Nearly There

Nearly there folks, by the end of Friday we would have moved into our new house
That also means I get blogging again here at VOAKL – and boy is there a lot to blog on 🙂
Thanks for your patience during this down time folks while we complete the move to our new place

-Admin-

Settlement Complete

We now officially own our first house

 

Around 4pm I got the phone call from the lawyer saying Settlement for our very first house was complete

YAY

 

After some trials, tribulations, stress and a few mishaps Rebekka and I are now very proud home owners of a nice three bedroom place in Papakura.

The “Army” (this is when family is handy) will be around tomorrow to begin the slog of cleaning and setting up our first place.

Joy, relief and a sense of mission accomplished is the feelings at the moment – with a celebratory drink tonight at the new place before getting up at the crack of dawn to start the moving process.

Also now the fact we are ratepayers – yes ratepayers not renters. When I gave my presentation to the Auckland Council Draft Auckland Plan Hearing Panel – I did tell the councillors on the panel that I will now be watching where my ratepayers dollars go very very carefully. Needless to say it drew smiles and a round nods and laughter from the Councillors which included; George Wood, Chris Fletcher and Cameron Brewer of the centre right.

Well VOAKL is my voice on keeping an eye on my ratepayer‘s dollars, especially on all things urban and transport planning.

As mentioned in the sticky post – I will be back soon covering a range of topics that do affect you.

Sunday-Monday the conclusion to the three options for Port of Auckland – staying where it is – the consequences of doing so.

Coming Up in VOAKL

Coming over the next week at VOAKL

 

  • The final in the Port of Auckland Mini Series – Is the port staying at the waterfront a good or bad idea?
  • Post Five in The Draft Auckland Plan – VOAKL takes a look at the Tamaki Central Master (Community) Plan
  • The Scoop – That Independent Report to Auckland Council and me declaring The Draft Auckland Plan a Lemon – A new mini series providing commentary, debate and ideas into Auckland’s growth dilemma
  • My Line in the Sand #2 – where I stand on The Draft Auckland Plan

 

All coming up at VOAK

 

Do not forget – comments, discussion and debate are welcome here at VOAKL – I run a pretty free board so long as you follow the rules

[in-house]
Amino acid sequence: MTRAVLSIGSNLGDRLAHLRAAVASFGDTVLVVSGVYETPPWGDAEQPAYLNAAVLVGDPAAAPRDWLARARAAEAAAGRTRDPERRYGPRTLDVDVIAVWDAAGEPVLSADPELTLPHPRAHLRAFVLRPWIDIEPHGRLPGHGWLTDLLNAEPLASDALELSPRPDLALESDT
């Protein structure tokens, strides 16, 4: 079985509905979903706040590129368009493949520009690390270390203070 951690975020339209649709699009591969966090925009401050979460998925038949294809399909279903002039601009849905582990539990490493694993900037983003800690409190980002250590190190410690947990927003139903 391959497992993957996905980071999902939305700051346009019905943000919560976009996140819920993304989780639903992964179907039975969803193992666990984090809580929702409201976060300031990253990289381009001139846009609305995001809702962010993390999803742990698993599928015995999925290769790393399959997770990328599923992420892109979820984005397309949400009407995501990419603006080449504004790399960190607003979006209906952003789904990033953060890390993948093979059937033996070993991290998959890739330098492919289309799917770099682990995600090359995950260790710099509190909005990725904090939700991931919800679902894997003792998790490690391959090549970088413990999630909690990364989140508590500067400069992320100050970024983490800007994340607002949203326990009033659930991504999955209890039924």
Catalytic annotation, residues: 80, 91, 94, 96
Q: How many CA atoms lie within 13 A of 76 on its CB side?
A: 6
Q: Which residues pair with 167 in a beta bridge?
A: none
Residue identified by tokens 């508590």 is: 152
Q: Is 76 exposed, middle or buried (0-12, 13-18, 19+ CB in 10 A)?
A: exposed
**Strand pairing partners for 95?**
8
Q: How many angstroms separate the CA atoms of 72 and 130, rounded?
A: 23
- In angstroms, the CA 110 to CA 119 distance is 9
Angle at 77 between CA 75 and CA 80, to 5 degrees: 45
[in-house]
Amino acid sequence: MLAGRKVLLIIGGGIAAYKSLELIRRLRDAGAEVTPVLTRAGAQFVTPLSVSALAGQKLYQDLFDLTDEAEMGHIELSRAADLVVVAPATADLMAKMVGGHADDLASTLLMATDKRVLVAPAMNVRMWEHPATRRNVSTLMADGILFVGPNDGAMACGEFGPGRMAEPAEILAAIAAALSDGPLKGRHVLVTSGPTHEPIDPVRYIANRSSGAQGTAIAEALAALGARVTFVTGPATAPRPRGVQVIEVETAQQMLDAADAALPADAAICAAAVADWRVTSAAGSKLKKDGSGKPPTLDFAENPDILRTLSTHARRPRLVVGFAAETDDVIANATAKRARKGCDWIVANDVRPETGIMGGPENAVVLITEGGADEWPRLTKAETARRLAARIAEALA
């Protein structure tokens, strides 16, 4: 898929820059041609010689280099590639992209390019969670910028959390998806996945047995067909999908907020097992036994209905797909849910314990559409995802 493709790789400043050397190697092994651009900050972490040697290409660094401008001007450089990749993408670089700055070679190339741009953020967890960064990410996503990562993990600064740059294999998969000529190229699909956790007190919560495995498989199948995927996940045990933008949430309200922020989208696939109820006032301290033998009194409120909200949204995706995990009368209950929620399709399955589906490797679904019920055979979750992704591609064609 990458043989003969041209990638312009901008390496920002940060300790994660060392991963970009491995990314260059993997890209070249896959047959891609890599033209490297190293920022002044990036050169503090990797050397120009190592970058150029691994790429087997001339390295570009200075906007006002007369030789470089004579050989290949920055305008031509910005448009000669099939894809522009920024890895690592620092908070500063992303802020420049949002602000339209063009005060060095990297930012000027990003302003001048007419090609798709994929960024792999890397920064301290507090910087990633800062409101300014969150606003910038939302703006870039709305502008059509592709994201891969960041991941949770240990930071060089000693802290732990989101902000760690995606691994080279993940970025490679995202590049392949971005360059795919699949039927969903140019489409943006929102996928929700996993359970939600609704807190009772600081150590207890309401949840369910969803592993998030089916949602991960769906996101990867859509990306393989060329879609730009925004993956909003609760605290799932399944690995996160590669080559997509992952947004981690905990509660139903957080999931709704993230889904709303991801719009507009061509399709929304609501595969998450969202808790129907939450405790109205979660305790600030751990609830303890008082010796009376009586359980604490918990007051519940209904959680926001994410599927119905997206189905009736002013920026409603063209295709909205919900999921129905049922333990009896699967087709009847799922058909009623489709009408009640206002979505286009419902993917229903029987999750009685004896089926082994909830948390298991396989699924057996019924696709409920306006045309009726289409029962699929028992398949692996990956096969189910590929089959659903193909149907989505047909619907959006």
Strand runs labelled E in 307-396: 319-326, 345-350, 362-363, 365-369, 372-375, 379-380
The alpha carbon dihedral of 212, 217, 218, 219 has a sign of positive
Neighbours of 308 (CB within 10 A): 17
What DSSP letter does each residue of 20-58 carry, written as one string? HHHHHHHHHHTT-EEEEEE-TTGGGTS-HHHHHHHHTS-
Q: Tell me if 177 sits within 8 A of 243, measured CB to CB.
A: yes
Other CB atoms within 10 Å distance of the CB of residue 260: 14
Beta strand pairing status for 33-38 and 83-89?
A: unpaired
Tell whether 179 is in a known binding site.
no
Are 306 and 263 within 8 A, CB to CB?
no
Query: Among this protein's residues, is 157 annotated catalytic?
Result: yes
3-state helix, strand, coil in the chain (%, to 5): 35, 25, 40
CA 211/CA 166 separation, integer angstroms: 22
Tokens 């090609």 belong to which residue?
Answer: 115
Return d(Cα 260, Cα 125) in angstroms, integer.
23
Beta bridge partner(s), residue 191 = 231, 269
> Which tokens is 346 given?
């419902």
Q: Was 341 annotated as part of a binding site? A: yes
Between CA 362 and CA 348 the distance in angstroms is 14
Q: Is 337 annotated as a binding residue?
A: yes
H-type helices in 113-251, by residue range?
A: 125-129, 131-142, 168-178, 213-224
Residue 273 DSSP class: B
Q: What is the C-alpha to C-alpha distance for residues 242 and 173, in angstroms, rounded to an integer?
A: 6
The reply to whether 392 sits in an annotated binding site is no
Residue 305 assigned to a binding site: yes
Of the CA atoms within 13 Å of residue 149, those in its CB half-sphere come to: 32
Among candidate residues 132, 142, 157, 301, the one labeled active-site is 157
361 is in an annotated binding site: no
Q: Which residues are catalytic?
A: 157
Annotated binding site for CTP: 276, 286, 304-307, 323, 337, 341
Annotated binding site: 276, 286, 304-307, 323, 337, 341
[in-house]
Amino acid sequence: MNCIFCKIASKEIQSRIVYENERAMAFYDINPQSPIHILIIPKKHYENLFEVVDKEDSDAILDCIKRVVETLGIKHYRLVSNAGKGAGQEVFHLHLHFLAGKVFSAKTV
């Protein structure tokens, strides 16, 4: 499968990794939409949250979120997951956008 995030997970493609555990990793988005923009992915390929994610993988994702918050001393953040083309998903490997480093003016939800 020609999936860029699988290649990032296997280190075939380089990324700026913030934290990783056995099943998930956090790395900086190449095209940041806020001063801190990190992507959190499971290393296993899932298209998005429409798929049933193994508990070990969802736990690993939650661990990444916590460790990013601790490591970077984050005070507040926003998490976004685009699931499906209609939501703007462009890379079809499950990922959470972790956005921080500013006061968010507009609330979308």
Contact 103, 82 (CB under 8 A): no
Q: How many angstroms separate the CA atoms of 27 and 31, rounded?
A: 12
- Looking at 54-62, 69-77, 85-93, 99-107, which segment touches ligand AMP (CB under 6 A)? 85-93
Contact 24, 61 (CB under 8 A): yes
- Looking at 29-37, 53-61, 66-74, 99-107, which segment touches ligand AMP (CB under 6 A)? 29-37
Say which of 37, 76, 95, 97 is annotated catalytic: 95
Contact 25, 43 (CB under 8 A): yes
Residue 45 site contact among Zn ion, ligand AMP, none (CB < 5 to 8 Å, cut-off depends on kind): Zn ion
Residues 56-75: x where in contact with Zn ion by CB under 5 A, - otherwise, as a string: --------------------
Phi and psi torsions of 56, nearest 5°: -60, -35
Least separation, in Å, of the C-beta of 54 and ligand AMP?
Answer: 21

All first comments here at VOAKL are moderated – if I approve you are free to comment without moderation from there on – just do not provoke me in removing that privilege .

Rudman comments on Port of Auckland

Brian Rudman Comments on Port of Auckland Staying in Auckland

 

In today’s New Zealand Herald column, Brian Rudman comments:

The dilemma for Auckland could well be, if the revolution in work practices the port bosses are demanding does attract more container traffic into the CBD, the extra profits shareholder Mayor Len Brown is demanding could quickly be gobbled up ameliorating the deleterious effects of the additional freight passing through the city.

In other words, is the battle for port supremacy with Tauranga one Aucklanders want to win? Is fighting for the right to ship the milk powder and butter from the Waikato dairy belt out through the bottom of Queen St, really going to help achieve the mayor’s goal of becoming the world’s most liveable city

 

They are fair points and points that I am covering in my Port of Auckland Mini Series which can be found by going to the Port of Auckland Index (button at the top of the page). I have not yet covered the final in this particular mini-series the consequences of keeping POAL where it is – but will be doing soon.

Auckland does need to think long and hard about the Port of Auckland and its future – as it has series implications on all of us and The Draft Auckland Plan.

 

 

English: Ports of Auckland container facilitie...
Port of Auckland

 

Fresh Winds Blowing on California High Speed Rail

Fresh Winds Blowing on California High Speed Rail.

 

Came across my inbox today.

An interesting read into California’s High Speed Rail Project.

Similar concerns in some respects from the article could also be said about the Auckland City Rail Link – especially around the business case.

 

I wonder if Auckland Councillor’s should read this article to learn anything from California when advocating for the CRL to our central government.

Local Boards have their “Moment”

Muppets and Moments